- Governments pushing for more legislation to be able to control the online universe.
- There is no telling how the government will actually apply the legislation, and it could vary considerably based on the people involved.
- The implied threat of censorship will be hanging over the government’s detractors.
- Of course, any kind of “emergency” can justify tightening the airwaves.
Governments intensifying online censorship efforts
Governments like New Zealand, the UK, the EU, Canada and Australia are pushing to implement legislation that can be used as a tool to manage and suppress content on social media platforms. Some social media companies, like Facebook, have been very cooperative with the New Zealand government in removing content.
The Australian government has just drafted laws that propose to give power to the Australian Communications and Media Authority (ACMA) to be able to fine social media companies in the billions of dollars.
In 2022, the UK government introduced similar legislation, intending to force social media companies to take a proactive approach to preventing the spread of misinformation. The government used the war in Ukraine as justification to push through the laws, using an update to national security legislation and an online safety bill.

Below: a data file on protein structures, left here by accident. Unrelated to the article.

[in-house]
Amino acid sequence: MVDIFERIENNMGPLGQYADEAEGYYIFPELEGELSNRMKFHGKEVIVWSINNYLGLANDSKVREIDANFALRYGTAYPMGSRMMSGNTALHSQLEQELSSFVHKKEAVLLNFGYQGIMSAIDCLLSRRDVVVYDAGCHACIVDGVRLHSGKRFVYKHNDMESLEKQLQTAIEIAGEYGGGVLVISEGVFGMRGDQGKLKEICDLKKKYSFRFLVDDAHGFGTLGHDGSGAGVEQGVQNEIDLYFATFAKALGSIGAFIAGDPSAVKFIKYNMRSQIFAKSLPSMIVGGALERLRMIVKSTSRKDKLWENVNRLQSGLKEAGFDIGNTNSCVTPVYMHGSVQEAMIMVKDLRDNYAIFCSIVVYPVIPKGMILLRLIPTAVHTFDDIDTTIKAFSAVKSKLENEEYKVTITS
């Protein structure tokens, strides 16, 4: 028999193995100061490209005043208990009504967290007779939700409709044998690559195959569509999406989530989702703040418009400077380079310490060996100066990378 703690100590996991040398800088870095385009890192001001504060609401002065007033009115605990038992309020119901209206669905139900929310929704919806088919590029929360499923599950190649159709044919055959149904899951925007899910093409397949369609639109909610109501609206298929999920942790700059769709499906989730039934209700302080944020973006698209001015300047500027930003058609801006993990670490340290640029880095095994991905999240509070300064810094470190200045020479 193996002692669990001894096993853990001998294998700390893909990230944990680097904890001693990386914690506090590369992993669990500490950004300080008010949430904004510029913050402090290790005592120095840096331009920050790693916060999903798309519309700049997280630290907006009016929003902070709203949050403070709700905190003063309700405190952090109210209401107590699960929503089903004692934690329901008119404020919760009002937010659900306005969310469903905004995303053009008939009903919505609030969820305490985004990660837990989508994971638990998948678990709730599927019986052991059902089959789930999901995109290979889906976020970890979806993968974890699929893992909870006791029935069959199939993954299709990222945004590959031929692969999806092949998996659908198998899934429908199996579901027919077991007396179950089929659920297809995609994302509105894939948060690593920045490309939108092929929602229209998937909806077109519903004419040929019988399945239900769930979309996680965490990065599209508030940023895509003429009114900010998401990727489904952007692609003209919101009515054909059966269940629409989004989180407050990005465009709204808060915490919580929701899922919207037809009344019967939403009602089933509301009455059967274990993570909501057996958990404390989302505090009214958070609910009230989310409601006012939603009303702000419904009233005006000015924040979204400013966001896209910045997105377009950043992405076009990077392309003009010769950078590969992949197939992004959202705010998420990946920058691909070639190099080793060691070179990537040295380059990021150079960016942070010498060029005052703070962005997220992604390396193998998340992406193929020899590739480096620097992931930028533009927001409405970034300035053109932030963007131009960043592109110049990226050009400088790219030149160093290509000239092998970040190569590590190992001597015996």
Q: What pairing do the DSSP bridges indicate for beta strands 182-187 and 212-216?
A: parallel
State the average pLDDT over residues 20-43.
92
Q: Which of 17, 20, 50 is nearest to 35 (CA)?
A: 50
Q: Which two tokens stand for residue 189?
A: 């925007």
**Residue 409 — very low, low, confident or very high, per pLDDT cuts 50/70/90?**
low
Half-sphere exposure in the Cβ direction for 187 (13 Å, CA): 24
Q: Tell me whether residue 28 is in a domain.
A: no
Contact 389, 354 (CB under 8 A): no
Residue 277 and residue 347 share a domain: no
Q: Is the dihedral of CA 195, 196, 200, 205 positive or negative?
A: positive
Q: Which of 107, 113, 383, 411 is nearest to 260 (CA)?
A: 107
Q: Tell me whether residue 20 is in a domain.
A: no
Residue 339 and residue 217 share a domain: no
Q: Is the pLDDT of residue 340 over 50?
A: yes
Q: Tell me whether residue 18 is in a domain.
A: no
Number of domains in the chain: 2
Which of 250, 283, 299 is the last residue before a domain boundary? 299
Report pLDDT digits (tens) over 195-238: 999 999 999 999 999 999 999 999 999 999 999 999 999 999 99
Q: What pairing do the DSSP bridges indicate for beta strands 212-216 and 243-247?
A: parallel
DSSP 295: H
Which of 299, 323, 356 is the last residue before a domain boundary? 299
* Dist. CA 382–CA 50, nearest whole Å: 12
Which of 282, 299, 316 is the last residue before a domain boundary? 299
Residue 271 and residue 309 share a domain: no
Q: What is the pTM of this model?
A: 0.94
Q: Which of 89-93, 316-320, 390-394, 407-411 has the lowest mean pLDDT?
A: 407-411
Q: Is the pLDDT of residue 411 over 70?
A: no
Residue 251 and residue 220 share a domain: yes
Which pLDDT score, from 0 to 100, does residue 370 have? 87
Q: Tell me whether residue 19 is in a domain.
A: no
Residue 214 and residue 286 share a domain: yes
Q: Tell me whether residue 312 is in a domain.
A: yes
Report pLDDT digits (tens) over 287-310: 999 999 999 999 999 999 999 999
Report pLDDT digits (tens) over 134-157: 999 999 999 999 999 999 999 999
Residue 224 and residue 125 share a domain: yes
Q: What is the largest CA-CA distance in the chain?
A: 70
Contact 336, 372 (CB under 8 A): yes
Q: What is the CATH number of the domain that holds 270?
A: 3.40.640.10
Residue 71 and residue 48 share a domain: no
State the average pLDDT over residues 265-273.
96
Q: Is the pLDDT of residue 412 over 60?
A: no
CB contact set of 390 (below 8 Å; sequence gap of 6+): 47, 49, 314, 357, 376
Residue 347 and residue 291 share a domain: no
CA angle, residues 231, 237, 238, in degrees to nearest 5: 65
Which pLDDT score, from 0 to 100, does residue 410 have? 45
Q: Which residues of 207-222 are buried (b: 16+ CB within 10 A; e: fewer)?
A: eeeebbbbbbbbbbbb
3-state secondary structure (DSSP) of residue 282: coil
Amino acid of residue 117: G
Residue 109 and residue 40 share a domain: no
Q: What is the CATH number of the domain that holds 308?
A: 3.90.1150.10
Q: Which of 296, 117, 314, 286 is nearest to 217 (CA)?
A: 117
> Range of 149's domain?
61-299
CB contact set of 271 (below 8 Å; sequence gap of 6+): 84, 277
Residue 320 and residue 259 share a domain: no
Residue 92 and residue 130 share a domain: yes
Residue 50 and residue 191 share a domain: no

Twitter has recently agreed to comply with the EU’s disinformation laws, after previously withdrawing from the agreement. Similarly to Australia, the EU’s laws were put in place late in 2022 to “curb disinformation and protect democratic elections”.
The US Supreme Court is now seeking input on social media law cases in Texas and Florida. The cases are about the platforms’ rights to control their own content moderation, as opposed to the government telling them what to do. The result may have an overflow effect in other countries.
Disinformation as a threat to democracy is the justification for this
The Australian government, like our own in NZ, sees disinformation on social media as being the cause of social disharmony, a “threat to democracy”. This is how they’re justifying introducing this kind of legislation.
Government funding for “disinformation studies”
Disinformation is now considered its own sector that already has its own jargon, but largely boils down to simply engaging in online censorship.
Government-controlled narrative a threat to free speech
Some say that the growing trend of government-controlled narratives and definitions now used to categorize content as misinformation present a significant threat to free speech. Whether they use it, the mere fact Government is in position to control the information online has undermined the fundamental principle of a free and open society.